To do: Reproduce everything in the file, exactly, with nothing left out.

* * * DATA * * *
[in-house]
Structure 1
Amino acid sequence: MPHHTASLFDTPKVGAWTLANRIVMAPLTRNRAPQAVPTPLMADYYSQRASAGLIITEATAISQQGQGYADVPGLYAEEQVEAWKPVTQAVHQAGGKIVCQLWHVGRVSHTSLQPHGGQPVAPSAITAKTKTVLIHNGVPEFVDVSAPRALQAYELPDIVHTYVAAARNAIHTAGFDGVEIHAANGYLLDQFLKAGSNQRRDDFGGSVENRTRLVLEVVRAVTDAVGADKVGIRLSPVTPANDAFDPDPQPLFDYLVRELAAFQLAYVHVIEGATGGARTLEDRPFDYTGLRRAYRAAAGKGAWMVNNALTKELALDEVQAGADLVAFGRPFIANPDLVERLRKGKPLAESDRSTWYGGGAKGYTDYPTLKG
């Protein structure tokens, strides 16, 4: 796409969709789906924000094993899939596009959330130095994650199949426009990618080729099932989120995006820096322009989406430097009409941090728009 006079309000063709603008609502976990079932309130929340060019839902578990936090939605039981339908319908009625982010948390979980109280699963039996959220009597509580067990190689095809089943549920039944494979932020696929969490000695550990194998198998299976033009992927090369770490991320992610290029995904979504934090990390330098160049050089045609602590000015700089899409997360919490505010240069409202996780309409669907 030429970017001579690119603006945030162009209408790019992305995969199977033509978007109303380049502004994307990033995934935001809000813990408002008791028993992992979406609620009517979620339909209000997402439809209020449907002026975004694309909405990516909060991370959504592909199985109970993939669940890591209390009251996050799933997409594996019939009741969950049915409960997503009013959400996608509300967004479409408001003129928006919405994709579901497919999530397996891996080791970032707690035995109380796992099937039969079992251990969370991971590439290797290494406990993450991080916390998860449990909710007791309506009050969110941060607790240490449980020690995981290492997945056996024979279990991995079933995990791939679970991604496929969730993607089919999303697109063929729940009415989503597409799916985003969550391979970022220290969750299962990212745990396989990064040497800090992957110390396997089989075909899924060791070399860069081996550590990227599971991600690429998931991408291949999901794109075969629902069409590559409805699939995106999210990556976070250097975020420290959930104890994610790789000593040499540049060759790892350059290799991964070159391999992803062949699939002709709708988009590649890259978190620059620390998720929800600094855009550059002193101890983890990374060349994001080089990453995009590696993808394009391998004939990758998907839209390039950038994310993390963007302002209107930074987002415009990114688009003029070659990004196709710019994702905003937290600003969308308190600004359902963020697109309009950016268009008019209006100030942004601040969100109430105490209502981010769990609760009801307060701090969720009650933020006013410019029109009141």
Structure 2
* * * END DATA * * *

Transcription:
[in-house]
Structure 1
Amino acid sequence: MPHHTASLFDTPKVGAWTLANRIVMAPLTRNRAPQAVPTPLMADYYSQRASAGLIITEATAISQQGQGYADVPGLYAEEQVEAWKPVTQAVHQAGGKIVCQLWHVGRVSHTSLQPHGGQPVAPSAITAKTKTVLIHNGVPEFVDVSAPRALQAYELPDIVHTYVAAARNAIHTAGFDGVEIHAANGYLLDQFLKAGSNQRRDDFGGSVENRTRLVLEVVRAVTDAVGADKVGIRLSPVTPANDAFDPDPQPLFDYLVRELAAFQLAYVHVIEGATGGARTLEDRPFDYTGLRRAYRAAAGKGAWMVNNALTKELALDEVQAGADLVAFGRPFIANPDLVERLRKGKPLAESDRSTWYGGGAKGYTDYPTLKG
């Protein structure tokens, strides 16, 4: 796409969709789906924000094993899939596009959330130095994650199949426009990618080729099932989120995006820096322009989406430097009409941090728009 006079309000063709603008609502976990079932309130929340060019839902578990936090939605039981339908319908009625982010948390979980109280699963039996959220009597509580067990190689095809089943549920039944494979932020696929969490000695550990194998198998299976033009992927090369770490991320992610290029995904979504934090990390330098160049050089045609602590000015700089899409997360919490505010240069409202996780309409669907 030429970017001579690119603006945030162009209408790019992305995969199977033509978007109303380049502004994307990033995934935001809000813990408002008791028993992992979406609620009517979620339909209000997402439809209020449907002026975004694309909405990516909060991370959504592909199985109970993939669940890591209390009251996050799933997409594996019939009741969950049915409960997503009013959400996608509300967004479409408001003129928006919405994709579901497919999530397996891996080791970032707690035995109380796992099937039969079992251990969370991971590439290797290494406990993450991080916390998860449990909710007791309506009050969110941060607790240490449980020690995981290492997945056996024979279990991995079933995990791939679970991604496929969730993607089919999303697109063929729940009415989503597409799916985003969550391979970022220290969750299962990212745990396989990064040497800090992957110390396997089989075909899924060791070399860069081996550590990227599971991600690429998931991408291949999901794109075969629902069409590559409805699939995106999210990556976070250097975020420290959930104890994610790789000593040499540049060759790892350059290799991964070159391999992803062949699939002709709708988009590649890259978190620059620390998720929800600094855009550059002193101890983890990374060349994001080089990453995009590696993808394009391998004939990758998907839209390039950038994310993390963007302002209107930074987002415009990114688009003029070659990004196709710019994702905003937290600003969308308190600004359902963020697109309009950016268009008019209006100030942004601040969100109430105490209502981010769990609760009801307060701090969720009650933020006013410019029109009141």
Structure 2